Other falling receiver: Jerry Jeudy falling because of lower than expected metrics and teammate rising? Jalen Reagor falling due to the Combine and college drops? It’s all preference, but fills a 2021+ need.
A.J. Epenesa, DL, Iowa: Great fit for this defense and would only fall this far due to a 40 time that shouldn’t matter given his style of play.
Cesar Ruiz, IOL, Michigan: This is a bit higher than I’d like to take Ruiz, but let me be totally straight... this IOL class is really bad. If you miss out on Ruiz or Lloyd Cushenberry III, you’re out of luck.
Bradlee Anae, DE, Utah: A bit high for me, but fills a need and I’m certain the Lions are higher on Anae than some are going to be.
Zack Baun, DE, Wisconsin: Same as Uche, suspect he might find a way to sneak in earlier (though this is as high as I’d take him).
Curtis Weaver, DE, Boise State: Great fit here, great value as he should be a first rounder.
Tee Higgins, WR, Clemson: Nah, I’m not taking a below-average athlete big receiver in any round. Sorry it’s an athleticism thing, Higgins has good tape and a great catch radius, but miss rate is almost perfect.
A tight end: Oh, for crying out loud, this tight end class is terrible, just why? If you got Cole Kmet or Adam Trautman in Round 3 somehow, there’s value, but bad gambling.
Lloyd Cushenberry, IOL, LSU: Very good player, more about the spot, I’m worried about how early he’ll be able to start due to a Combine injury, and he would be needed immediately in Detroit.
A safety: After picking up Duron Harmon and Jayron Kearse, I think this team is done at safety Sorry, Grant Delpit or Jeremy Chinn truthers, there’s just no role right now.
Jonathan Greenard, DE, Florida: Thickly-built edge with weak athletic traits but really long arms who played in the SEC? I’m not a fan here, but guess who probably is.
Patrick Queen, LB, LSU: Less than 230 pounds and injured at the Combine, hands all the way off on this one.
K.J. Hamler, WR, Penn State: The list of receivers who found sustained NFL success at any point in the last 20 years at this size is still only one player long.
Other Guys I’d be okay with:
Kristian Fulton (CB,LSU) | Brandon Aiyuk (WR, Arizona State) | Leki Fotu (NT, Utah) | Kenneth Murray (LB, Oklahoma) | Malik Harrison (LB, Ohio State) | Neville Gallimore (DT, Oklahoma) | Ross Blacklock (DT, TCU) | Yetur Gross-Matos (DE, Penn State) | Josh Uche (DE, Michigan) | Justin Madubuike (DT, TAMU)
Picks I’d like
A punter: Lions need one, it makes sense to draft one. People LOVE to misrepresent hit rate with this one, but if your team needs a specialist, take a specialist.
James Proche, WR, SMU: Proche would give the Lions a long-term option for the Danny Amendola role. A highlight reel on tape, physical limitations keep him from going higher.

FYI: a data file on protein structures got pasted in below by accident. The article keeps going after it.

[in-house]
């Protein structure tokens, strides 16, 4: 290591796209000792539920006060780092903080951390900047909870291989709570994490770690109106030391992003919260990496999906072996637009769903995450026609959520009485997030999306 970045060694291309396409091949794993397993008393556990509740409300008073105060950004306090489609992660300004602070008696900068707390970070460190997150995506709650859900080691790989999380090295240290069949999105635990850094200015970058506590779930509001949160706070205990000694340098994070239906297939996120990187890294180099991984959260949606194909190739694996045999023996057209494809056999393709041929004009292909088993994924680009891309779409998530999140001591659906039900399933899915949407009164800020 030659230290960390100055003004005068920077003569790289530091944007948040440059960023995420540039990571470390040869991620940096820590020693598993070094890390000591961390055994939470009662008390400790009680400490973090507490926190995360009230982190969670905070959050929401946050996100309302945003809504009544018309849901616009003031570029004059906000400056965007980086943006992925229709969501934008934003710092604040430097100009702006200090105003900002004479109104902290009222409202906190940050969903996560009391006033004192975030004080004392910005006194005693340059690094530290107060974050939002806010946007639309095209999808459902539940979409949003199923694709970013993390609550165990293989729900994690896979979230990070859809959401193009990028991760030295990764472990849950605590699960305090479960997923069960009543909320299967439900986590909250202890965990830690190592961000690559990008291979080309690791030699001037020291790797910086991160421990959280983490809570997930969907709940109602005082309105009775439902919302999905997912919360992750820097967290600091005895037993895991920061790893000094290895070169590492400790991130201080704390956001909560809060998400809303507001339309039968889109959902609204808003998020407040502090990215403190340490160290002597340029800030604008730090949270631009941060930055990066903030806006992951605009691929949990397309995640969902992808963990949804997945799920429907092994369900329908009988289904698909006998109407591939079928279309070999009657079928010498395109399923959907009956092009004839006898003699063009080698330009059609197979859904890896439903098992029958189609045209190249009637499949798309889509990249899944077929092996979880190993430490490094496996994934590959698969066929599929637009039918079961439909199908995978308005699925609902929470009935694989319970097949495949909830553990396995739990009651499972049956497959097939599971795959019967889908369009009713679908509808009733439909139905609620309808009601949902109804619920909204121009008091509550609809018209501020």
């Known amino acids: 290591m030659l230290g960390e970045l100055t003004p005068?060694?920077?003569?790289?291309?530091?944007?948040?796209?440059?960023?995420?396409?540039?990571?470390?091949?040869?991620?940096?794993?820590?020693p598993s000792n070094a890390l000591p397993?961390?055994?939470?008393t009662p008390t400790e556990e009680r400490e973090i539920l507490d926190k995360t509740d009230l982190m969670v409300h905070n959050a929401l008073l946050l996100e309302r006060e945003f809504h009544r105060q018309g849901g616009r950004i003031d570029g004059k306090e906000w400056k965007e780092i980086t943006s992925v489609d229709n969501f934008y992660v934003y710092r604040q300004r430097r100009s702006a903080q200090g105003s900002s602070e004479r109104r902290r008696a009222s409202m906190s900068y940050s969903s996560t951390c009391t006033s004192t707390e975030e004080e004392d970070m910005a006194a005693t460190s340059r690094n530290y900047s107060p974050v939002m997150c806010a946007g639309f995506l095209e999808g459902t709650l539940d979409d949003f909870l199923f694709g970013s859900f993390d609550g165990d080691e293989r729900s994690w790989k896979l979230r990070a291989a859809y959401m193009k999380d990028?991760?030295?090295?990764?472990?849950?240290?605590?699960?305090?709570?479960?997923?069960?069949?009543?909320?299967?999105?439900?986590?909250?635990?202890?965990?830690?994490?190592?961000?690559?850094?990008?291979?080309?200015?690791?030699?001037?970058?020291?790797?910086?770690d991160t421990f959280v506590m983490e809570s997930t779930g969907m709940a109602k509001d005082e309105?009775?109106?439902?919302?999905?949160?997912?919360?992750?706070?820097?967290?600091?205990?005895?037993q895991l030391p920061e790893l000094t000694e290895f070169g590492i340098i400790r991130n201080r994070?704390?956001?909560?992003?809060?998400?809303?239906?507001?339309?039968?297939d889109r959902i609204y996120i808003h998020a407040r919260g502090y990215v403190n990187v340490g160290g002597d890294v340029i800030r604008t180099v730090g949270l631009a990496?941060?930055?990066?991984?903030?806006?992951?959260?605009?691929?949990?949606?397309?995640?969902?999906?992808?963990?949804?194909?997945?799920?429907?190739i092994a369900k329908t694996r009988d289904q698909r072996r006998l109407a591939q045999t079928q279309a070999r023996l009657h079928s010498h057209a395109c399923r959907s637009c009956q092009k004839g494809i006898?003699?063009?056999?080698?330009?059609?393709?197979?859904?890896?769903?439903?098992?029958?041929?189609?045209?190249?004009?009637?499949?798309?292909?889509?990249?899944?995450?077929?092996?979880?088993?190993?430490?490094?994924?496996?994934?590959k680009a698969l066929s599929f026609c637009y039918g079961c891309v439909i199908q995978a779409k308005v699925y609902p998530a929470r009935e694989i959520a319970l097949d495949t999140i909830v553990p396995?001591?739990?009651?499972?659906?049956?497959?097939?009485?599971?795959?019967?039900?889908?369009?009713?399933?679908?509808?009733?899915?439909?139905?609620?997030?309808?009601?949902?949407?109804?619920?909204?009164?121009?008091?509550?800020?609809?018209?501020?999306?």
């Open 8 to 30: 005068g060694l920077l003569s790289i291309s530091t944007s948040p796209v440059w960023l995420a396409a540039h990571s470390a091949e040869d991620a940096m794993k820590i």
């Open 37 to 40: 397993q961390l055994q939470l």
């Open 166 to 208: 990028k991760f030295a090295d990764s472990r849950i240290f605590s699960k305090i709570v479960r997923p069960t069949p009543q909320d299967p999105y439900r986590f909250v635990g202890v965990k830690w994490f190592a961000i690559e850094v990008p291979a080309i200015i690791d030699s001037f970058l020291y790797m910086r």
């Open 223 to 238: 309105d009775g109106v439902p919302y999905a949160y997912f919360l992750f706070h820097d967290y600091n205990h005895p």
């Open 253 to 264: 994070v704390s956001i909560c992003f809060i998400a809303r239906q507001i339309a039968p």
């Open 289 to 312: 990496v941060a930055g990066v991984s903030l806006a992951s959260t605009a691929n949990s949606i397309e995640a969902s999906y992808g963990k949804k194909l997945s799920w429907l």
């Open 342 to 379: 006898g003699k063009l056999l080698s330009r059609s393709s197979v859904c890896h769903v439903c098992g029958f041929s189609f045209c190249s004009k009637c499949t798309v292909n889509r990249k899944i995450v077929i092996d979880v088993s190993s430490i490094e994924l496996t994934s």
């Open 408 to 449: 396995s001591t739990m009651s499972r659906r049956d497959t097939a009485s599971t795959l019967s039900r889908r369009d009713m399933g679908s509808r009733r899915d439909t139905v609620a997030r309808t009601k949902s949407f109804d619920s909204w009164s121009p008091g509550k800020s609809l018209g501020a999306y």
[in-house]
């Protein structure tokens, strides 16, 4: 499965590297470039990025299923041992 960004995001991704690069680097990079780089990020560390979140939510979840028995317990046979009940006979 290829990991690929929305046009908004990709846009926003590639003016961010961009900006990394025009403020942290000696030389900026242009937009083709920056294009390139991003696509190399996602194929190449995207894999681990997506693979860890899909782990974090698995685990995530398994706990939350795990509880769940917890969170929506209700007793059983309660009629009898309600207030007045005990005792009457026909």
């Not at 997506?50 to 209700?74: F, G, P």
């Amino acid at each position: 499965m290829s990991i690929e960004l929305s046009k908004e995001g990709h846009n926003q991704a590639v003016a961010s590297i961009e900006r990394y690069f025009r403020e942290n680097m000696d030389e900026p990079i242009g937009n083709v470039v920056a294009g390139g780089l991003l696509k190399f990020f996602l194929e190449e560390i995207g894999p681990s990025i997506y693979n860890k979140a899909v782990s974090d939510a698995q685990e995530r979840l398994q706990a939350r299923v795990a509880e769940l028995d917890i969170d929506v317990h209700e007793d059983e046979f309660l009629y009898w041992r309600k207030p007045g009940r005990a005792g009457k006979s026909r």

Jake Luton, QB, Oregon State: Athletic traits aren’t there, but has some good developmental potential as a passer.
James Morgan, QB, Florida International: Like Luton, you’re getting a good developmental passer without much athleticism to threaten. Morgan is a bit more polished, though.
Steven Montez, QB, Colorado: Opposite of Morgan.
Donovan Peoples-Jones, WR, Michigan: Earlier than this and you’re risking way too much on athletic projection. Day 3, the value versus risk fits.
Jason Strowbridge, DL, Northern Carolina: I think this staff will value Strowbridge very highly, similarly to how they valued Da’Shawn Hand and for not dissimilar reasons.
James Lynch, DT, Baylor: Productive interior rusher, not only fits this scheme but could potentially add a spark to a generally lackluster pass rush.
Casey Toohill, LB, Stanford: Matt Patricia-sized linebacker with elite athletic traits, criminally underrated right now.
Others: Jake Luton (QB, Oregon State) | Antonio Gibson (WR/RB, Memphis) | A.J. Dillon (RB, Boston College) | Thaddeus Moss (TE, LSU) | Jon Runyan (OT/OG, Michigan) | Matt Peart (OT, Connecticut) | Danny Pinter (OG, Ball State) | Alex Highsmith (DE, Charlotte) | Oluwole Betiku Jr. (DE, Illinois) | McTelvin Agim (DT, Arkansas) | Logan Wilson (LB, Wyoming) | Javelin Guidry (CB, Utah) | Kindle Vildor (CB, Georgia Southern) | Marc-Antoine Dequoy (FS, Montreal)
Picks I won’t like
A kicker: Unlike punter, the team’s kicker position is still set up straight.
Netane Muti, OG, Utah: Love Muti on tape so this pains me, absolutely elite there. Injury history is very concerning, and you’re likely gambling with time instead of probability.
Calvin Throckmorton, OT, Oregon: One of the worst testing athletes at the Combine, the developmental potential simply isn’t there.
Trey Adams, OT, Washington: Same as Throckmorton, but also a lengthy, troubling injury history.
Jake Fromm, QB, Georgia: Once a promising young talent, Fromm simply lacks any reason to be drafted from a physical standpoint. Well below average arm and athleticism.
Lamical Perine, RB, Florida: Unlike his cousin Samaje, Lamical Perine doesn’t have the size or bulk to justify his lack of speed and explosion as a runner.
Lawrence Cager, WR, Georgia/Miami: Big bodied, but no notable athletic traits and basically just a red zone option. Lions showed interest previously. Better if converted to TE.
Willie Gay, LB, MSSU: Athletic traits for days, but lackadaisical tape and very serious character issues to consider (Injured his own QB before a bowl game).
Lamar Jackson, CB, Nebraska: We’ve tried the whole CB without speed thing.
Raekwon Davis, DL, Alabama: Unlike Da’Shawn Hand, Davis is being overrated by most despite having underperformed for Nick Saban and lacking any elite athletic traits.
Others: Salvon Ahmed (RB, Washington) | K.J. Hill (WR, Ohio State) | Omar Bayless (WR, Arkansas State) | Harrison Bryant (TE, FAU) | Terence Steele (OT, Texas Tech) | Logan Stenberg (OG, Kentucky) | Too many other IOL to list (bad class) | Trevis Gipson (DE, Tulsa) | Kendall Coleman (DE, Syracuse) | Raequan Williams (DT, MSU) | Michael Ojemudia (CB, Iowa) | Kamren Curl (SS, Arkansas) | Geno Stone (FS, Iowa)